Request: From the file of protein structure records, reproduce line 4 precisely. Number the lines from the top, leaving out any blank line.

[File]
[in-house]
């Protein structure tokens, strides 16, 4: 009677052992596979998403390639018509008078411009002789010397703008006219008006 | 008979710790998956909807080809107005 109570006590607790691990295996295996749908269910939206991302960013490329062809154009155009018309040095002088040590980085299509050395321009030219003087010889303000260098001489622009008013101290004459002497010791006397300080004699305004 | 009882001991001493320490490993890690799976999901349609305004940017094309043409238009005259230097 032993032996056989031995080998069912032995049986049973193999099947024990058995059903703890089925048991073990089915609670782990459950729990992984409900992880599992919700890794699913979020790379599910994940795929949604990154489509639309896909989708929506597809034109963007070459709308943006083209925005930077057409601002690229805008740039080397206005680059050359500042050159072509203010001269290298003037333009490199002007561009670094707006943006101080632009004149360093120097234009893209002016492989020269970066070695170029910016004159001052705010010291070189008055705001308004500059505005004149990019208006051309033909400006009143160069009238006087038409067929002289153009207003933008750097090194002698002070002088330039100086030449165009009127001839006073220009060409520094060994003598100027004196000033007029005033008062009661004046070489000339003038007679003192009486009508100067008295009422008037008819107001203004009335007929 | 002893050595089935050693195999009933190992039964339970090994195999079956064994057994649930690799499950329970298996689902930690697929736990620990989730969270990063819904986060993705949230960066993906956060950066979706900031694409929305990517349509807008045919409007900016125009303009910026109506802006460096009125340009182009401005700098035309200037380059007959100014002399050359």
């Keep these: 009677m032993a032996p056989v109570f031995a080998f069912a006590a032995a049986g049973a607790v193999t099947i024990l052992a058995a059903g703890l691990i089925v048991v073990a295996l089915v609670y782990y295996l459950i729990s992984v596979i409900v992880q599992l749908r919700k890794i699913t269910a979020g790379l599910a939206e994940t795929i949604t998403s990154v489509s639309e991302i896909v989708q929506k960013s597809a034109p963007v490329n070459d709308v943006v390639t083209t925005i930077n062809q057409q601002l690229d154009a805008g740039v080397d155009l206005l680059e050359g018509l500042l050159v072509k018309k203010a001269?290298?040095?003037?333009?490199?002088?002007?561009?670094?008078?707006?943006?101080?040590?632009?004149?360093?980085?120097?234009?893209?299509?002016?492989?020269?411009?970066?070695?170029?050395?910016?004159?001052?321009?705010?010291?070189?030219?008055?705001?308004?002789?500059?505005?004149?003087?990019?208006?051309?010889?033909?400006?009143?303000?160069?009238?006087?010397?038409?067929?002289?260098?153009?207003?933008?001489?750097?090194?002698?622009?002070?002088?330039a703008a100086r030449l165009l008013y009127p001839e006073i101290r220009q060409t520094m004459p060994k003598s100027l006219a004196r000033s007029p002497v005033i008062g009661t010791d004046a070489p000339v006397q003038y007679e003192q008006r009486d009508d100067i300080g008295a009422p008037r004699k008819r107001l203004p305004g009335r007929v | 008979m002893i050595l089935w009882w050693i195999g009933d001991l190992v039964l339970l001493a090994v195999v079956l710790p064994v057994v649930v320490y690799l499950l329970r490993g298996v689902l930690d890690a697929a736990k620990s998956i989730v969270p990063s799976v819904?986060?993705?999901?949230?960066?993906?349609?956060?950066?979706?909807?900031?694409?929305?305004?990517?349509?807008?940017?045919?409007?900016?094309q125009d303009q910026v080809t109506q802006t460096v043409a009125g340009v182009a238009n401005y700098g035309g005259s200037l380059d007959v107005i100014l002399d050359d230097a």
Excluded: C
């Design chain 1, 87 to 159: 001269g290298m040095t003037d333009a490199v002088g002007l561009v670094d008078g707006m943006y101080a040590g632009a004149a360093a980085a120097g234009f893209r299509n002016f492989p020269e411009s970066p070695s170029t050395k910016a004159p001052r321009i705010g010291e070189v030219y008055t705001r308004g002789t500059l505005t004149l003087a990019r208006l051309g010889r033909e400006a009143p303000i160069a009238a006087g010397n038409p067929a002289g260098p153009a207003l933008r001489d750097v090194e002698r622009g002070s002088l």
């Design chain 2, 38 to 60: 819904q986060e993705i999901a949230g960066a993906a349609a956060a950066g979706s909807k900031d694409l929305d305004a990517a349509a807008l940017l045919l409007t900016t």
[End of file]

Excluded: C